BAKU (Reuters)–Azeri leader Haydar Aliyev told visiting Turkish President Ahmed Necdet Sezer on Tuesday Azerbaijan was keen to begin work on a US-backed oil pipeline that would terminate in Turkey and bypass both Iran and Russia.
Necdet made his first official foreign trip as president to Azerbaijan–the former Soviet republic Turkey sees as a key base for access to the markets of the energy rich Caspian states Kazakhstan–Turkmen’stan and Uzbekistan.
During their two-hour meeting–Aliyev urged Sezer to speed up development of the oil pipeline–which will carry Caspian oil to Turkey’s Mediterranean port of Ceyhan–a route strongly favored by the United States.
“I think there are no problems concerning the oil pipeline and we ought to begin carrying out the project,” Aliyev said. The pipeline is slated for completion in late 2004 if financing is forthcoming.
The $2.4 billion crude line will bypass Russia and southern neighbor Iran–two countries that have traditionally vied with Turkey for influence over the southern Caucasus region.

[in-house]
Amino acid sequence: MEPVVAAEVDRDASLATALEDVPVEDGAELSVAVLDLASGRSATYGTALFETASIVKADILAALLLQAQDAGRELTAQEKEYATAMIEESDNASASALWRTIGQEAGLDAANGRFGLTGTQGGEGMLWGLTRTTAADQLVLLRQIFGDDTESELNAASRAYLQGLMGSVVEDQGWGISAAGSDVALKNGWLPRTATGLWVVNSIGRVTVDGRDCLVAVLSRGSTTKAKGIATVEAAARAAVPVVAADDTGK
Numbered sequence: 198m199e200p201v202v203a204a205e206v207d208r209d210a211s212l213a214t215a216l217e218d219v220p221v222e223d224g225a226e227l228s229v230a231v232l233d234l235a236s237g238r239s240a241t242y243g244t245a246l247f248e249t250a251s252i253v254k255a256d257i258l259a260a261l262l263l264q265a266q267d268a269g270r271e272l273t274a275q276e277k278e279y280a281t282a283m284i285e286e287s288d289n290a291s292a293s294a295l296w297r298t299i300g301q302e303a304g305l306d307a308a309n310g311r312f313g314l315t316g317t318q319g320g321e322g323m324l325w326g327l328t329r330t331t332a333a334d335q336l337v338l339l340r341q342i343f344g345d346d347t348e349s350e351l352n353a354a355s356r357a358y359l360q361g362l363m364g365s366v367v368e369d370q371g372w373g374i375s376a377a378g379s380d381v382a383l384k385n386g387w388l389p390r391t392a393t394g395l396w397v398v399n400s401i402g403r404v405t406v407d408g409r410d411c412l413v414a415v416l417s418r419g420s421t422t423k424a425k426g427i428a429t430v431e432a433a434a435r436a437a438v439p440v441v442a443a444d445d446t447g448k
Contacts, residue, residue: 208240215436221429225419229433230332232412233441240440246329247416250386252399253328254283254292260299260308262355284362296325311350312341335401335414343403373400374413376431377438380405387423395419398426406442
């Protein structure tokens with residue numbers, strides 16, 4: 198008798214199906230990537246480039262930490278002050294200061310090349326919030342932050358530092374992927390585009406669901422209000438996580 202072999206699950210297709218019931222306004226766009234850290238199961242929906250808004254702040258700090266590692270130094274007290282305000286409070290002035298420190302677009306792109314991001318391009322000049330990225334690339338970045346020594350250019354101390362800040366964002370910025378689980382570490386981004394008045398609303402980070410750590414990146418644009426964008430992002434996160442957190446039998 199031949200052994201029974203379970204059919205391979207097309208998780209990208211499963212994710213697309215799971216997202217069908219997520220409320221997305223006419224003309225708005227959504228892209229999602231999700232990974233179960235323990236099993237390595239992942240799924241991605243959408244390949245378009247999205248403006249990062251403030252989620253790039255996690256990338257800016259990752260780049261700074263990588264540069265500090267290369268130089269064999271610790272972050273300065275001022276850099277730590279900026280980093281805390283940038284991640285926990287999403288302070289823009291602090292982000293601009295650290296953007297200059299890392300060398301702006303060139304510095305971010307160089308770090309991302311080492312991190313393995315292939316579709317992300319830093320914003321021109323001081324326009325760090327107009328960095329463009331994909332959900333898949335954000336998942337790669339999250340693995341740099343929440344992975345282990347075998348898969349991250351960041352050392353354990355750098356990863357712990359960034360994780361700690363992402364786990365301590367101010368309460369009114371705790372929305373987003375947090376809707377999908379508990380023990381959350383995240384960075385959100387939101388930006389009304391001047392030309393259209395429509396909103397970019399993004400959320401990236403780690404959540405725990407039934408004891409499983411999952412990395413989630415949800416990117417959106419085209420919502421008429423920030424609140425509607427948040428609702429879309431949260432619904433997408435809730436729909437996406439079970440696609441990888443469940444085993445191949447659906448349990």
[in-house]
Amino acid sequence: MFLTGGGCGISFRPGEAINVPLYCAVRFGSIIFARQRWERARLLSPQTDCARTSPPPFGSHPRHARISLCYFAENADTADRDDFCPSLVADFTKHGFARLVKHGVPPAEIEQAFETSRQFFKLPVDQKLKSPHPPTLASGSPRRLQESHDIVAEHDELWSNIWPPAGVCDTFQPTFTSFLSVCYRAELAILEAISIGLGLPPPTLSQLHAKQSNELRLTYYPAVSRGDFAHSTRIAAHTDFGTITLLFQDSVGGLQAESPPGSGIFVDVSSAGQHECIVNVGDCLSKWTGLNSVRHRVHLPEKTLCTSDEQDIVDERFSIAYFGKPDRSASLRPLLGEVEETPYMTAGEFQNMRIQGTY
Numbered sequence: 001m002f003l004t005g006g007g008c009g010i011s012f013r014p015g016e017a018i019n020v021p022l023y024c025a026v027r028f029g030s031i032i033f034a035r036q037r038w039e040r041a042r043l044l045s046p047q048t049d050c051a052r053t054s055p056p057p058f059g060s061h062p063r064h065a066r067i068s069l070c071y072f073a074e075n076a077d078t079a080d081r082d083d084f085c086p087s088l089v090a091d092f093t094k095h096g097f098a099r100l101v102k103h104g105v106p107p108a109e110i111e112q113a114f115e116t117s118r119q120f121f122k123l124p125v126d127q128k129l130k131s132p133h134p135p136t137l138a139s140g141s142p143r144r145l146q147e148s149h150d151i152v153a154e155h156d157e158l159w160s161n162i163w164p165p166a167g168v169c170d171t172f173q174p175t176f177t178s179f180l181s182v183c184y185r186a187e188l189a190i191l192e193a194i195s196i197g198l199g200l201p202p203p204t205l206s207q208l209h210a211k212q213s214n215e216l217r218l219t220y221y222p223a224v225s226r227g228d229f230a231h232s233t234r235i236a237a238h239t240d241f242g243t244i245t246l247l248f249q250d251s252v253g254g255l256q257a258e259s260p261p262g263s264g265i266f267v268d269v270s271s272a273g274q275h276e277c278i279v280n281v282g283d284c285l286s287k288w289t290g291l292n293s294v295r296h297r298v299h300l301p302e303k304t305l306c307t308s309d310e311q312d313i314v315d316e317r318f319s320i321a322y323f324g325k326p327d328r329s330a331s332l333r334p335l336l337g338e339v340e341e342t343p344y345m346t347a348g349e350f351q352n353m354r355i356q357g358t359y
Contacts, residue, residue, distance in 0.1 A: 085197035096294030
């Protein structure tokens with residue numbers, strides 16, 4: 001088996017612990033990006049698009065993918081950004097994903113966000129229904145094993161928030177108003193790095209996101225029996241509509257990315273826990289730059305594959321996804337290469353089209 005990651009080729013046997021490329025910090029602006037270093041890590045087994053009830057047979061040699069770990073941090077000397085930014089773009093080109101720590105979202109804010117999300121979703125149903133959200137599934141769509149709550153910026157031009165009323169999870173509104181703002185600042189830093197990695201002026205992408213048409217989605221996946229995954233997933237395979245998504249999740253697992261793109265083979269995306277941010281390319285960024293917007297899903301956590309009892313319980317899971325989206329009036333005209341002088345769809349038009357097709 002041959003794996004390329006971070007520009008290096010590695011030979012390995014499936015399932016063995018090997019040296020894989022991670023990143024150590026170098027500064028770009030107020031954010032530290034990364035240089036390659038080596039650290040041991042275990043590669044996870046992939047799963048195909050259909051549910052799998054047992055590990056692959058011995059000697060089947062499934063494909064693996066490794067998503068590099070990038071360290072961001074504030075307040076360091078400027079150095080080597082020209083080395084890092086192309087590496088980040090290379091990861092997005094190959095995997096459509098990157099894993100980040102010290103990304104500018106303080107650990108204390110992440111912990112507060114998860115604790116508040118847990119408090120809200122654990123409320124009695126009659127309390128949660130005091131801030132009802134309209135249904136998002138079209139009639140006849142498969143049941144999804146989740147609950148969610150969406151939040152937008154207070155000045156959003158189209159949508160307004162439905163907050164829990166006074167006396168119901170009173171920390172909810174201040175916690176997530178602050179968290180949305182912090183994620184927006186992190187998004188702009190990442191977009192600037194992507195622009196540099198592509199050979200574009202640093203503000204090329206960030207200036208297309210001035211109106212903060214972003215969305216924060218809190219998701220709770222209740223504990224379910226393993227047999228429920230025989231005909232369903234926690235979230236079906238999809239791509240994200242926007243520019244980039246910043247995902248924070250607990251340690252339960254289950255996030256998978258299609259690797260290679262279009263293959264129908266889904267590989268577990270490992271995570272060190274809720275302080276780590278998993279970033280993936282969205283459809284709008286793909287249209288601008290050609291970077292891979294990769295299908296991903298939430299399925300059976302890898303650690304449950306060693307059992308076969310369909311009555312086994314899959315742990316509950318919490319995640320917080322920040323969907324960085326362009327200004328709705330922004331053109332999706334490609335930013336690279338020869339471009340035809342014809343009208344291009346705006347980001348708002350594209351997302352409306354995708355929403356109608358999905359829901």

Sezer reaffirmed his country’s political support for Azerbaijan and continued cooperation in the sphere of oil and gas transportation during his first official foreign trip.
In visiting Azerbaijan–Sezer was following in the footsteps of his predecessor Suleyman Demirel–who made closer relations with Azerbaijan and other Turkic-speaking ex-Soviet republics in Central Asia one of the pillars of his foreign policy.
“I think I made the right decision to make my first official foreign trip to Azerbaijan and the warm reception I received here shows the special relationship between the two countries,” Sezer told Aliyev.
Sezer visited northern Cyprus recently–but the breakaway state and its leadership are not recognized by the international community.
Azerbaijan is eager to cement its relationship with Turkey through the construction of two multi-billion dollar oil and gas pipelines–which they hope will ensure their political and economic independence from former imperial ruler Russia.
A second pipeline from a giant offshore Azeri gas field to the Turkish border was also on the agenda and Aliyev said it was time to resolve the question over gas deliveries to Turkey.
BP Amoco–which leads the consortium that discovered the field last year–is waiting for Azerbaijan and Turkey to sign a crucial gas purchase agreement before they can proceed with their $1.3 billion gas development plan.